The Gross Vehicle Mass GVM is the maximum that the fully loaded vehicle can weigh and Manufacturers publish the GVM for all vehicles they sell. Subtracting the Kerb Weight from the GVM provides the total load the vehicle can carry. This includes the combined weight of the occupants, the fuel in the tanks and the weight of any accessories eg Bullbars, Roof racks, Towbars, Canopies etc. If your vehicle exceeds the maximum GVM then it is considered to be unroadworthy, unsafe and will not meet insurance requirements.
An approved GVM upgrade can increase the legal load capacity without losing performance or handling. GVM upgrades must be fitted by an Approved Production Facility accredited by DOTARS such as Fourbys Workshop. An additional Compliance plate and Tyre placard will be attached to the vehicle.
A typical GVM Upgrade includes heavy-duty coil or leaf springs front and rear, new shocks front and rear, the revised compliance plate and tyre placard.
Fourbys Brisbane offer GVM Upgrades
To get the best value from a GVM Upgrade fit the upgrade prior to registering the new vehicle.
Once the approved kit is fitted, and the compliance plate affixed to the vehicle along with a new tyre placard with revised axle capacities, you’ll be able to drive the car with its revised GVM. The GVM upgrade will be nationally recognised, so there won’t be any problems when it's time to onsell the vehicle.
To fit a GVM Upgrade to a 4WD that has already been registered, you’ll need to have the vehicle signed off by an engineer (at additional expense) once the kit is fitted. Your 4WD with GVM upgrade will now be able to be driven nationwide. However, as the GVM upgrade is complied at a state level, when it comes time to sell, the upgrade is only recognised in the state where it was complied. If sold interstate, the new owner will need to have the kit recomplied with that state’s road authority.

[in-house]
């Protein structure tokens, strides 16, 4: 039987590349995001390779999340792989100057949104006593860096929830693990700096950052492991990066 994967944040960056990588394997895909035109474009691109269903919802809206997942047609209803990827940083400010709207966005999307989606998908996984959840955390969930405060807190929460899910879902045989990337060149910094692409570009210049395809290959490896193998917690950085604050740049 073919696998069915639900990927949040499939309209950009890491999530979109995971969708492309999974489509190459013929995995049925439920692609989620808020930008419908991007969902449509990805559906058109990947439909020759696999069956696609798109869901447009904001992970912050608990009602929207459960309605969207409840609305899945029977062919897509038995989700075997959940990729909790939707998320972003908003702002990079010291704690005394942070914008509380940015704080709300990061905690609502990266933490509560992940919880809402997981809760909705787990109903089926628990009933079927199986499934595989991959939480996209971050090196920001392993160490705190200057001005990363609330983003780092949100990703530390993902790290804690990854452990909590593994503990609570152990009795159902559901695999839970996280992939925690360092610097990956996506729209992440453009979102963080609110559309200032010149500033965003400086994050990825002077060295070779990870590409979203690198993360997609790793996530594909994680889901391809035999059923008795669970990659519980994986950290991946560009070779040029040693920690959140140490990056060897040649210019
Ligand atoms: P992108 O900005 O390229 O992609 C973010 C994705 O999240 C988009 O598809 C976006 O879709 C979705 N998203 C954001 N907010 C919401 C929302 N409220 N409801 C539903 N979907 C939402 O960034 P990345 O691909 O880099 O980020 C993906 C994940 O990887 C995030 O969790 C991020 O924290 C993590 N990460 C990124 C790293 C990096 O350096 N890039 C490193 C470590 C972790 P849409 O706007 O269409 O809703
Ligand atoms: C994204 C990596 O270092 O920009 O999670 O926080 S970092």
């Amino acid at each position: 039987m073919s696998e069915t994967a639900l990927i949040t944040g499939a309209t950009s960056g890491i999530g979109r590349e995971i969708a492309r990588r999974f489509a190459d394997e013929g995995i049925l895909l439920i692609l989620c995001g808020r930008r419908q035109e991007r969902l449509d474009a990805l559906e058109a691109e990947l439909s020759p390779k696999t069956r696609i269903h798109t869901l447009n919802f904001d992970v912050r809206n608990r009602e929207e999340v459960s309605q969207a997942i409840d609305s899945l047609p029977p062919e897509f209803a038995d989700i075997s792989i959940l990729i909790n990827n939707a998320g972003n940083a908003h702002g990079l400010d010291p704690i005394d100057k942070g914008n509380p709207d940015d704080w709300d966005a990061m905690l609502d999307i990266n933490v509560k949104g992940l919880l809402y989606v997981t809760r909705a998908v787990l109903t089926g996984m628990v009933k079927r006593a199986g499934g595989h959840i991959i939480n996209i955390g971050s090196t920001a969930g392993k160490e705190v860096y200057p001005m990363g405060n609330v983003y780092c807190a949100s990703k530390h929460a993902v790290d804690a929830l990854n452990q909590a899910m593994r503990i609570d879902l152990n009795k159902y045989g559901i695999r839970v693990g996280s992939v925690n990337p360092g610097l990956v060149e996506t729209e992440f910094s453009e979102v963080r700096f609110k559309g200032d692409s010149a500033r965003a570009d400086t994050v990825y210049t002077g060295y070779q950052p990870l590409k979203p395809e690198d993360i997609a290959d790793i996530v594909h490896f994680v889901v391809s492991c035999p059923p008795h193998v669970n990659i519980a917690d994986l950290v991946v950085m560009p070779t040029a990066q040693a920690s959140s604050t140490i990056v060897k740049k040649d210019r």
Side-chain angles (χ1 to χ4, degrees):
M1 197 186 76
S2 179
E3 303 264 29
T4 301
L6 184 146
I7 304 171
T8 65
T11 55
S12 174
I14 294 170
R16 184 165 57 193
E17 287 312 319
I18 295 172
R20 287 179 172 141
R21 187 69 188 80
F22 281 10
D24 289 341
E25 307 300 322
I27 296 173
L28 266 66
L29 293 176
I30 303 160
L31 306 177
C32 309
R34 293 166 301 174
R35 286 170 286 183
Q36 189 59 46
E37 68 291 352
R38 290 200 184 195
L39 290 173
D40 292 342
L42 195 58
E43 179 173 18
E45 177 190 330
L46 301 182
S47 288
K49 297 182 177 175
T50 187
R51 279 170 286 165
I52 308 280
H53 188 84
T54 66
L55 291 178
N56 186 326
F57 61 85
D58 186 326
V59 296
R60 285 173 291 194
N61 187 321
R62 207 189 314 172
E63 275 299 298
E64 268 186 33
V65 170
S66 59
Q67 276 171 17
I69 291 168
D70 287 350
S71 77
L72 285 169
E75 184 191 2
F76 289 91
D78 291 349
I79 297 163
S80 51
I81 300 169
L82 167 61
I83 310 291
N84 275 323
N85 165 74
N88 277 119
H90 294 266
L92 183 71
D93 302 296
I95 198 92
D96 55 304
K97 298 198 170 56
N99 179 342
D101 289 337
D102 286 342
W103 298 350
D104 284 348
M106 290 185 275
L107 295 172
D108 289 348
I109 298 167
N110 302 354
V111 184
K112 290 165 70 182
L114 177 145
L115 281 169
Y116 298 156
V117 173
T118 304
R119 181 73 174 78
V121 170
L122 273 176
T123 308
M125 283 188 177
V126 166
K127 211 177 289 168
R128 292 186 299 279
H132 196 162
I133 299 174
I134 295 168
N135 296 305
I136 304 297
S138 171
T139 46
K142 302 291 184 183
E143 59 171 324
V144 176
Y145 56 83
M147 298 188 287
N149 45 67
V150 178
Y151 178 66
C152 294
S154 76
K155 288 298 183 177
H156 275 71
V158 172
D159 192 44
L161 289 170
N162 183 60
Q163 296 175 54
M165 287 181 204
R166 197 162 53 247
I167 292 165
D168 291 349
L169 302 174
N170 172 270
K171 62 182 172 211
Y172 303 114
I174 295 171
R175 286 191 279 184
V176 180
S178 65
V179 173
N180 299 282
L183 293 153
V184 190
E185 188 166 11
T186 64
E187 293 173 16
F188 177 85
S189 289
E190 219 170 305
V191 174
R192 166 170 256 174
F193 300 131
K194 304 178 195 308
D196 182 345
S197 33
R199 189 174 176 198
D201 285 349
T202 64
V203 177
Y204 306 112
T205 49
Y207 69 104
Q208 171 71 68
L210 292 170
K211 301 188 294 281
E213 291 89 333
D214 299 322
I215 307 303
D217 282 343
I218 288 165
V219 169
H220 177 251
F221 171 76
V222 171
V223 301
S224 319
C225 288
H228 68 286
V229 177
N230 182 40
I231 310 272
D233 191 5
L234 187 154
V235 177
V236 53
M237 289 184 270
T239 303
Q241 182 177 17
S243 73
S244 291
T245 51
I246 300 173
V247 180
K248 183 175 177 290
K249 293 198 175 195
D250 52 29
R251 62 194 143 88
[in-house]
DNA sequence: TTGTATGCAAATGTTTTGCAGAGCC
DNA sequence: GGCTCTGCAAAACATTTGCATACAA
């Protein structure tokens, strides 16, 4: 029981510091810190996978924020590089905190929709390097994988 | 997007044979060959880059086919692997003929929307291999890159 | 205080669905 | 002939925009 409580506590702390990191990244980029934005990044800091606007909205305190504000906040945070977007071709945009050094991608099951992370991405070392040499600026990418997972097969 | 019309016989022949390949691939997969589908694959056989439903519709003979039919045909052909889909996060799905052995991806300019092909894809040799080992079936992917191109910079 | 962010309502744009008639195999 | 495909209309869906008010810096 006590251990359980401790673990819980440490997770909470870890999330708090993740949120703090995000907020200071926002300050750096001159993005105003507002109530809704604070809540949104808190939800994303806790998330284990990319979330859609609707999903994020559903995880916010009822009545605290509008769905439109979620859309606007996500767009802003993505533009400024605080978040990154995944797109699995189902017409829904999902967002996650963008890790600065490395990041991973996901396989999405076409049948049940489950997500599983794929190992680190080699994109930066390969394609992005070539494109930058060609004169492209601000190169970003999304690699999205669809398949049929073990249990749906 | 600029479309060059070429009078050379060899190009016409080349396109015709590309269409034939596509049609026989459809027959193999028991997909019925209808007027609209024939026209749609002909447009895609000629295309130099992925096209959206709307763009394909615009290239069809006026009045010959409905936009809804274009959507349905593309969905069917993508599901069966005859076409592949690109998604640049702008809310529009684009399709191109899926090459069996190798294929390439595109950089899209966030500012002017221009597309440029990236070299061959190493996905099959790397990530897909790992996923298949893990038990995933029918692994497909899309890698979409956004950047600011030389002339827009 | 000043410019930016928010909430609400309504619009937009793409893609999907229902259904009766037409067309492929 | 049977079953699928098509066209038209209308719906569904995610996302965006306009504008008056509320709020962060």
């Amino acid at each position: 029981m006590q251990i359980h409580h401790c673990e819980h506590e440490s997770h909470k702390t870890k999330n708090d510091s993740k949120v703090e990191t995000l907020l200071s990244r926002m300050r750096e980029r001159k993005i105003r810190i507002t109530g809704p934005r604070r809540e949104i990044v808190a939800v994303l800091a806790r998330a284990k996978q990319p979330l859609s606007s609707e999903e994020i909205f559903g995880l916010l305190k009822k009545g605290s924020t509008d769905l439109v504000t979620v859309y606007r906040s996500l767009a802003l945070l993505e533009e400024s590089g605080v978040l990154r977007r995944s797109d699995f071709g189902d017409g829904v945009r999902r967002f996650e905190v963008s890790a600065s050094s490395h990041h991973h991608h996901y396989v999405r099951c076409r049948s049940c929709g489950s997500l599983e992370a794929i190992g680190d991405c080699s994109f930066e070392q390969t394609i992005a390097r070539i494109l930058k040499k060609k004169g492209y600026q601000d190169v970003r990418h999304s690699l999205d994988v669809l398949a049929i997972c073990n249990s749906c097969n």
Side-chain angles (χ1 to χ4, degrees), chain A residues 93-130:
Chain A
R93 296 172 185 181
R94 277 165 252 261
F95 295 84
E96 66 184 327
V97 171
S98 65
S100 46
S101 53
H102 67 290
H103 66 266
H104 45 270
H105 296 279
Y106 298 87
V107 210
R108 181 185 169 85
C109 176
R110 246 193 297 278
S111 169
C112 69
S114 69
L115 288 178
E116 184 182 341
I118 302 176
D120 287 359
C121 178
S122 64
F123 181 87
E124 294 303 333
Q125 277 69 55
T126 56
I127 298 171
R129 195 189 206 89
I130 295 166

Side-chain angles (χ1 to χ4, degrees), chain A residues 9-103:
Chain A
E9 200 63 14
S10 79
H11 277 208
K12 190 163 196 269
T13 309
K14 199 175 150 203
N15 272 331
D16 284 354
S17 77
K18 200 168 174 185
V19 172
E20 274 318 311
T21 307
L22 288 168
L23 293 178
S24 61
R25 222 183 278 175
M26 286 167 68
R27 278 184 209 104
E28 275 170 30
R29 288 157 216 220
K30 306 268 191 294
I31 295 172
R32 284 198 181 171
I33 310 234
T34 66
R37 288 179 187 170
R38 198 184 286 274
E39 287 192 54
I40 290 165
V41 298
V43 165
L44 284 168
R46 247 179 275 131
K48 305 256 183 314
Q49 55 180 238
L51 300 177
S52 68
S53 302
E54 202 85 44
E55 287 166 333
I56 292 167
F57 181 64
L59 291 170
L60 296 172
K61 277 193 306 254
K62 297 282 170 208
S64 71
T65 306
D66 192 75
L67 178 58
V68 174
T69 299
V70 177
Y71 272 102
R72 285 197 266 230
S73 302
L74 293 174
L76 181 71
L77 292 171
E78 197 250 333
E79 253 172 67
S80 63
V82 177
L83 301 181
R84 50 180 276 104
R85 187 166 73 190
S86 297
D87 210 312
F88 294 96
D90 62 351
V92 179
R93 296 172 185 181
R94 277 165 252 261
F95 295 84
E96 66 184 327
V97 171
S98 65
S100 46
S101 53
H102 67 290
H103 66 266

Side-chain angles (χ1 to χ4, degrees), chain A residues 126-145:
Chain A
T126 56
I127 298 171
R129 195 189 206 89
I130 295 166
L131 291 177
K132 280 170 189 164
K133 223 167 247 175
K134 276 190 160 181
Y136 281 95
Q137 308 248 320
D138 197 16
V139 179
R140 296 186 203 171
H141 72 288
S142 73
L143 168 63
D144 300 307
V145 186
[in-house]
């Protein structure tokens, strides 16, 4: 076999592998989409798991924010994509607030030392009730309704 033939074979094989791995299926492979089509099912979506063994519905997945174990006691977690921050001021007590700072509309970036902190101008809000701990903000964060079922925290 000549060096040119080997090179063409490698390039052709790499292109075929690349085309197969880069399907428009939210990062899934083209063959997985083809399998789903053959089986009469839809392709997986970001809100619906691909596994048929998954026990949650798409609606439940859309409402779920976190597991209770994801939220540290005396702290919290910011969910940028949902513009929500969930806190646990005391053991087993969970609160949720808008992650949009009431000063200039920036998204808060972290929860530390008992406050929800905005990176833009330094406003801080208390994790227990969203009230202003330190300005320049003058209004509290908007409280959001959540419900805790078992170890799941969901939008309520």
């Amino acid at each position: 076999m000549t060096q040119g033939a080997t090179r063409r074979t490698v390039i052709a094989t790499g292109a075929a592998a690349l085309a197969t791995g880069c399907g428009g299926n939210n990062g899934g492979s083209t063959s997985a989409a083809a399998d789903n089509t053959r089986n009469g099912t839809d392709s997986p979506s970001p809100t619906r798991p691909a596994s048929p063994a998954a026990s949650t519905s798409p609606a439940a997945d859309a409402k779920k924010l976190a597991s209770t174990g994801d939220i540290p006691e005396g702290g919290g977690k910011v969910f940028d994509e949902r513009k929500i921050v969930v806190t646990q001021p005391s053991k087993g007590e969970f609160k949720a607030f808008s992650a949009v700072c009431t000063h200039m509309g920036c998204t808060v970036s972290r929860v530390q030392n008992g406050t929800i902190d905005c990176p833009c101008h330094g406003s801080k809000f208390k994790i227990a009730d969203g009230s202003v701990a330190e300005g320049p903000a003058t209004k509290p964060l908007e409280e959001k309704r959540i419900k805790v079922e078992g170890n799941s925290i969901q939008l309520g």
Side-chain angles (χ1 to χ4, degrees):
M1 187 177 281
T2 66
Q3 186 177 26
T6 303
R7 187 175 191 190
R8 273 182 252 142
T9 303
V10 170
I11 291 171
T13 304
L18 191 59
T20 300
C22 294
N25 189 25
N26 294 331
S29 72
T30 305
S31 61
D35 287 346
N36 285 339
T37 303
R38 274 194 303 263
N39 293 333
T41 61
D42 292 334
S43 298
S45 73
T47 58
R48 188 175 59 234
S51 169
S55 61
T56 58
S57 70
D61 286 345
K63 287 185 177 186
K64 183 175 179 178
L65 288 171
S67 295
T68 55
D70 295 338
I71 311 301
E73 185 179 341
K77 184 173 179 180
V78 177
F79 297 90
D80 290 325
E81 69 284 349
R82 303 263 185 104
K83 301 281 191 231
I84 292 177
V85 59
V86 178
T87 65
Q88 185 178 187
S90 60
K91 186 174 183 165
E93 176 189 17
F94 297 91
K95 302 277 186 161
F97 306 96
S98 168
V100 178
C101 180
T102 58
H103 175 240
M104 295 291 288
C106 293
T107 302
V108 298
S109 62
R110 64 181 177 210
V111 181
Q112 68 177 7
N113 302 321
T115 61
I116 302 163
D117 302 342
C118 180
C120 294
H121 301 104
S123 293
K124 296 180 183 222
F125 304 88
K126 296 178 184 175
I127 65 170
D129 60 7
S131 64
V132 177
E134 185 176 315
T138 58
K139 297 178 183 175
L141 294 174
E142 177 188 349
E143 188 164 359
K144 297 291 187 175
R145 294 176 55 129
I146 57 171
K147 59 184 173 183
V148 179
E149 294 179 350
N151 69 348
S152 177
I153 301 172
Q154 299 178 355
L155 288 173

The Gross Combined Mass GCM is the total weight of the loaded vehicle and anything it is towing. The extra weight on the towball is generally 10% of the weight of the trailer. Any weight on the towball caused by the trailer is included in the GVM so a poorly balanced trailer/caravan could also overload the Vehicle.
GVM: Gross Vehicle Mass is the maximum allowable vehicle weight, including all occupants, accessories and luggage.
GCM: Gross Combination Mass is the total combined weight of your accessorised, fully loaded vehicle and anything you’re towing.
KERB WEIGHT: The weight of a rig when it’s ready to drive with full tank/s, an average driver of 68kg and 7kg of luggage.
AXLE LOADING: In addition to GVM, vehicles also have a maximum allowable load on both the front and rear axles.
ATM: Aggregate Trailer Mass is the maximum allowable weight of the trailer you’re towing, as designated by the manufacturer.
TBM: Tow Ball Mass is the weight on the tow ball imposed by the trailer, usually around 10 per cent of the ATM. For a trailer weighing 3500kg, you’ll have a TBM of around 350kg.